Tag: Financial Planning

26 Jun 2018
financial planning for your earning child

Financial Planning for your earning child?

‘I hope my son doesn’t manage his money like I did when I was his age!’‘

Don’t think my daughter knows that there’s life beyond 20s too…she at least spends so and has saved maybe Rs 10,000 in the past four years that she’s been working.’

‘I’ve given up Sanjeev. My kids have categorically told me not to talk to them about saving anything from their salary. When they need any money, I’m their ATM…and mind you, they earn almost as much as me, with no responsibilities.’

While we’re not going to dwell on the parenting aspects of your life, we can definitely give you some idea of how your children should go about their financial lives and end up much better than where they seem to be headed now. Ease it in gently into your children and we’ve seen some good results come in even from ‘hopelessly-given-up’ parents!!

A few points before we go ahead with Financial Planning of our Earning Child:

  • If your children are working in the corporate, they’ll not get the fauji type life insurance, life-long medical cover, DSOPF and very importantly, the pension. Each and everyone of these will have to be carefully planned and meticulously executed.
  • If they are in the armed forces, they will have some benefits but other bigger financial requirements will have to be planned for by them, which most of us didn’t do in our time!
  • Long term thinking will be the key. If a Harley Davidson, Europe vacation or expensive guitar is being funded by dipping into the retirement corpus, the retirement will definitely not be a ‘golden period’ of life.

There are basically five things that your child in the corporate needs to take care of for life-long financial independence. For children in the armed forces, skip out Points 1 and 2 below. It is also very important that different financial baskets are made for all the important requirements and are not violated. Let’s look at them then:-

Life Insurance

Before even a single investment is done, protection umbrella over those who are financially dependent on your earning son or daughter is a must. Only and only Term Insurance Plan should be taken. A cover of about Rs 1 Crore should be the starting point, which will cost just about Rs 8000 per annum for a 40 years’ policy for a 25 year old male son, even lesser for a daughter. But it should be taken only if the person has anybody else financially dependent on him/her. Eg, if not yet married, no life insurance cover is required as yet.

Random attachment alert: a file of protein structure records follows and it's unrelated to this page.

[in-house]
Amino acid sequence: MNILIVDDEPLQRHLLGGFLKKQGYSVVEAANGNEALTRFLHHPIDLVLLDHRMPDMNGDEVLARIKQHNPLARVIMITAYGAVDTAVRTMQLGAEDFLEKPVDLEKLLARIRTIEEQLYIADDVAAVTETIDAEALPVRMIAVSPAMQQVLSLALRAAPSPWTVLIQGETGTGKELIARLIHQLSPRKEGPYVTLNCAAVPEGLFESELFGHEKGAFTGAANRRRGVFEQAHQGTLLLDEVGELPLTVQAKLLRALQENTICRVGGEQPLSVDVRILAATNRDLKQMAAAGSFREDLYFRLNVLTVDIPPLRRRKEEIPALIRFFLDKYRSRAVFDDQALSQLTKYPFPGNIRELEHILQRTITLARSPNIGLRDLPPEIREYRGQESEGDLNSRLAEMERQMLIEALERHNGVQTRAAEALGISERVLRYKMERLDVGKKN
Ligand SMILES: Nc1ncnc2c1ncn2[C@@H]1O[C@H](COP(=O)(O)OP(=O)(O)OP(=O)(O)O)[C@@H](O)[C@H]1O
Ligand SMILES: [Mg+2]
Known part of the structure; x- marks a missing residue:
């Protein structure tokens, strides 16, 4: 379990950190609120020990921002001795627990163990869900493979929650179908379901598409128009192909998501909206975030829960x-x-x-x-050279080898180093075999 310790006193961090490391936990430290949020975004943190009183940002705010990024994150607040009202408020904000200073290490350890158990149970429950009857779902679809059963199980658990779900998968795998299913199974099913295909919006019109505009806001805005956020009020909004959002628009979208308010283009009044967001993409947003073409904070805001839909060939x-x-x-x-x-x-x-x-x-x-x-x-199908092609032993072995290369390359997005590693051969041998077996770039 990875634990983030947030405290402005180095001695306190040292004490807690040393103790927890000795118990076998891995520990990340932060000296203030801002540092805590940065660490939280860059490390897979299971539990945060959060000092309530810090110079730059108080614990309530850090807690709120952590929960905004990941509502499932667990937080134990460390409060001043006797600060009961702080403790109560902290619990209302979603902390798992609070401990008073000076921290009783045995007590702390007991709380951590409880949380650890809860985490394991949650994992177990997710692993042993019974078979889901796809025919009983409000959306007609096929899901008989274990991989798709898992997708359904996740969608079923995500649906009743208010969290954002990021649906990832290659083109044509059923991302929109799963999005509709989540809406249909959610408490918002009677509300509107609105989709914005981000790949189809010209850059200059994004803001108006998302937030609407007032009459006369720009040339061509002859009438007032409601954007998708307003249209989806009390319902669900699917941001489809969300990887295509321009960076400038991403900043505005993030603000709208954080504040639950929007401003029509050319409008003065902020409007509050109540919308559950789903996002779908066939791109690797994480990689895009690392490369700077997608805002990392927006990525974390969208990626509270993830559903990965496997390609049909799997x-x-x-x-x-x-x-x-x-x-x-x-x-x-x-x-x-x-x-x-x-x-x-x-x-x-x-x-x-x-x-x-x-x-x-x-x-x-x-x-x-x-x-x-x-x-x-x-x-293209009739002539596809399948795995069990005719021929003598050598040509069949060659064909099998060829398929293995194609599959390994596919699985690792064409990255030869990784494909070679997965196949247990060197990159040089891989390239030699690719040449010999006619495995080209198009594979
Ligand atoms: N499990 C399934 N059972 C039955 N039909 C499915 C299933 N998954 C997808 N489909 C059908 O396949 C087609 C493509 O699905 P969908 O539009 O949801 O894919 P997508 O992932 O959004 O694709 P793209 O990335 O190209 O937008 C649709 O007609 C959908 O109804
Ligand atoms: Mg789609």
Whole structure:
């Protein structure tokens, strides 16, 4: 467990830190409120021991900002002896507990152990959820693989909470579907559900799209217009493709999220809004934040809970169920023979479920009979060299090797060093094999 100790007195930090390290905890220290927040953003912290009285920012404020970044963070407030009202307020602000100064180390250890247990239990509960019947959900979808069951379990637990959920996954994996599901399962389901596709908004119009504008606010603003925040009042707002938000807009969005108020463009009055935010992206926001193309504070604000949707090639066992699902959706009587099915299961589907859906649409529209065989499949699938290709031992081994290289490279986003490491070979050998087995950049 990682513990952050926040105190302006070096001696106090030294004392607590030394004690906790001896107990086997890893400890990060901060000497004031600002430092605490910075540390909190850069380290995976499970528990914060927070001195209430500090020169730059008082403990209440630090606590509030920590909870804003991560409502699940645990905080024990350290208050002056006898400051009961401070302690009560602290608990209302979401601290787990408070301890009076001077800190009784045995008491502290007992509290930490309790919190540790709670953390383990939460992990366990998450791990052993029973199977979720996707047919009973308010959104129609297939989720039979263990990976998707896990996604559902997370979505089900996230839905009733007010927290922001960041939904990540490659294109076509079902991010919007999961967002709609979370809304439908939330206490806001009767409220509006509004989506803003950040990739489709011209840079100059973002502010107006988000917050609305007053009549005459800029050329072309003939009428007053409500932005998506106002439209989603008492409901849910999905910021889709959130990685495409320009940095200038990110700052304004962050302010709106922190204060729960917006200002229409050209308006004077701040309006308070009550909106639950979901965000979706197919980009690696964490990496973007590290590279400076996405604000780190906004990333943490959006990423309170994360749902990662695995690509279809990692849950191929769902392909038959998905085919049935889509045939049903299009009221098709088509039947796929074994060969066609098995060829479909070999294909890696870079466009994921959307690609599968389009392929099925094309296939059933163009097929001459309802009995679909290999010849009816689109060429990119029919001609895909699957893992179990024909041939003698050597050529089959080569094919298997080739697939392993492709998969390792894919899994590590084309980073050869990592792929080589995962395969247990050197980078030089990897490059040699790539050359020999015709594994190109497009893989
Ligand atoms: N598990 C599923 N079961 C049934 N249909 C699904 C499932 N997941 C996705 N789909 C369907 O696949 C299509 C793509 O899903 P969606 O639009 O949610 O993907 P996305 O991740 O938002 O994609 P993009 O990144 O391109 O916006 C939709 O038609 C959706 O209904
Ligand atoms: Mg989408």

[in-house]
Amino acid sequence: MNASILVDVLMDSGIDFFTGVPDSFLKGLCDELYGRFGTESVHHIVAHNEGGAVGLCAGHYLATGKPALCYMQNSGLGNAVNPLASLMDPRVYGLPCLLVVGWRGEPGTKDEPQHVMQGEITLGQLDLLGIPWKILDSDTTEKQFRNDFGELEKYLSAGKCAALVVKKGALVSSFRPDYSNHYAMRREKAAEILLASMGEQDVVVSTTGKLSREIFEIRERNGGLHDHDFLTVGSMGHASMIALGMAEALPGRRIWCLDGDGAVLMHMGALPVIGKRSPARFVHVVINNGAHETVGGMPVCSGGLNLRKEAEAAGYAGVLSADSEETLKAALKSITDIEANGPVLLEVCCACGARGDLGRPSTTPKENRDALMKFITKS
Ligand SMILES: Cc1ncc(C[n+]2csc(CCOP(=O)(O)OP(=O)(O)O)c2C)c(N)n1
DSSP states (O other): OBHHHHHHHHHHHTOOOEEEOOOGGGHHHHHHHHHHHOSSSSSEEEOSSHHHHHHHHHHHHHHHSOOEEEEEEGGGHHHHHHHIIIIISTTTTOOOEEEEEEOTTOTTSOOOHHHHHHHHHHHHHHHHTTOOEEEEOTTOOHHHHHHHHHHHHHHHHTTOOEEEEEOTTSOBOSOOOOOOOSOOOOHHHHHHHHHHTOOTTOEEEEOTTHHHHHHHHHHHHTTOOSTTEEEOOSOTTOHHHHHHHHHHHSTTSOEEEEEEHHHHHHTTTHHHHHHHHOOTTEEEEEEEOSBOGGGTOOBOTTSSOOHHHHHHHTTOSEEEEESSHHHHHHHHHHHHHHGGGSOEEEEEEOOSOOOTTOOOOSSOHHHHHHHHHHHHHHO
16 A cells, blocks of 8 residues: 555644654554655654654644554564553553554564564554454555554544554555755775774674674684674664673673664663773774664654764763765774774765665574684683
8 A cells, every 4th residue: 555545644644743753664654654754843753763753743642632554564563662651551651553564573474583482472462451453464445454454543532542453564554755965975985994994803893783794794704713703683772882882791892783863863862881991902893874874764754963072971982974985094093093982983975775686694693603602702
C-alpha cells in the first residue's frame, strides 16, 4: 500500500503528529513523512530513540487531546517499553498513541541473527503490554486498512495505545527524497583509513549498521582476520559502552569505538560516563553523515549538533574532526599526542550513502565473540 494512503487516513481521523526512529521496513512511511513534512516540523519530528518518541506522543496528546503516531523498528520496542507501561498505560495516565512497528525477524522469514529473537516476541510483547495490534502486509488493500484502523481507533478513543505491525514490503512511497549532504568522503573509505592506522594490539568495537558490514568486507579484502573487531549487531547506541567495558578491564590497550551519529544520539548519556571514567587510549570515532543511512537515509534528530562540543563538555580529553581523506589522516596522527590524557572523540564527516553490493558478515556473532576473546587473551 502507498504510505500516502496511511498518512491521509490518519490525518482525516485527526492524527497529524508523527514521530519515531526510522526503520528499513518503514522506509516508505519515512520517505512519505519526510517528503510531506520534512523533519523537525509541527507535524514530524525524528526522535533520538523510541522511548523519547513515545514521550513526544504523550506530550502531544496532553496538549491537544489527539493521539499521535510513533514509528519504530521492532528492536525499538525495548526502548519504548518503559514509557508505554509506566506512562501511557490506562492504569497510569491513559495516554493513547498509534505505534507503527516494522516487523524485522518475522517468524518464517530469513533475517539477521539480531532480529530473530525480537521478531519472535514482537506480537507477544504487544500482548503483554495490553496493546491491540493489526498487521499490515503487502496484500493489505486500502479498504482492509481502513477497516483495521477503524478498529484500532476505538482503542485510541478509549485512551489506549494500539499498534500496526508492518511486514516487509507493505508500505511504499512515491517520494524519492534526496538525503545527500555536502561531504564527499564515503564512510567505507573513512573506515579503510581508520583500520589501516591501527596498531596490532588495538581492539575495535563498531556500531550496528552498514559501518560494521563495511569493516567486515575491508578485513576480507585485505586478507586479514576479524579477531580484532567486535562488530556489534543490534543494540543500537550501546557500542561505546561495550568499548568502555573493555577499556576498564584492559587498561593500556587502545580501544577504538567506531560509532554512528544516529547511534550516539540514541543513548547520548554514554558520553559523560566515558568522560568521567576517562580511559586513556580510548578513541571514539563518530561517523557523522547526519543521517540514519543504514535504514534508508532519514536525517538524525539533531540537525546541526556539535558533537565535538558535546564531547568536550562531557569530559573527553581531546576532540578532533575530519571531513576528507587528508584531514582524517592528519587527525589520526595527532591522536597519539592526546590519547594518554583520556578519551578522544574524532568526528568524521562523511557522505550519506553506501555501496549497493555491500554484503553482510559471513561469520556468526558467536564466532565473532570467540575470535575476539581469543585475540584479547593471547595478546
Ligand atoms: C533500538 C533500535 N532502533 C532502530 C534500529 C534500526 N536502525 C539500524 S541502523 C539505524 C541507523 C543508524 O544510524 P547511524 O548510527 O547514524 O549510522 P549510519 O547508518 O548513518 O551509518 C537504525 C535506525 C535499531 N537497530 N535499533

Medical Insurance.

Another must for your son/daughter. Please remember that if the child’s monthly basic income is more than Rs 9000, the child is not dependent on you irrespective of age or marital status. A no-frills basic Medical Insurance cover of Rs 5 Lakh is adequate for most children. If the son/daughter is married, generally a Family Floater cover is more advantageous and Rs 10 Lakh of cover is adequate. Factor in the cover available from the employer too if a long term employment is visualised with the current employer.

Provident Fund.

PFs, including DSOPF, are meant for imparting financial security in one’s life against job loss or retirement. Most of the employers provide EPF (Employee Provident Fund – rate of interest 8.65% currently) where both, the employee and employer contribute. In any case, a PPF (Public Provident Fund – rate of interest 7.6% currently) account should be opened and kept alive by depositing the minimum Rs 500 per annum. When EPF is there, prefer EPF over PPF due to higher rate. When not, PPF can be progressed. Both have a ceiling of total Rs 1.5 Lakhs contribution per annum and double up as 80C tax saving avenue.

Retirement Corpus.

This is the biggest financial bugbear in the civilian world. Taking life time to be 85 years and working time to be 50-60 years of age, at least 25 years of good life needs to be lived after retirement. Considering their faster burn out, current generation is dreaming of retirement at even 40 years of age! Taking out last 10 years as sedentary years, at least 15 years of active life has to be lived without any income coming in. Two good options are there – National Pension Scheme (NPS) or Retirement Mutual Funds. Both have their positives and negatives. NPS has a some additional tax benefits, and annual recurring charges are very less. MFs have more flexibility, many more options and withdrawals are much easier. Totally avoid pension plans given by Insurance companies.

Investments.

This is what one saves for meeting life’s various financial goals, emergencies and for maintaining a good lifestyle. At a young age, equity or stock market investing is a must and no better avenue for that than Equity Mutual Funds (MF). Similarly, Debt MFs provide a better alternative for safe investments over bank FDs, RDs and the likes. Thus overall, the MF bouquet of Equity and Debt MFs can fulfil the entire investment needs for long as also short investing horizon in a better manner in terms of returns, tax-efficiency, flexibility of investment and withdrawal, and time period than any other investing avenue.

80C Tax Saving needs can be easily met by the investment combination of EPF/PPF/DSOPF and MFs.

In a nut shell: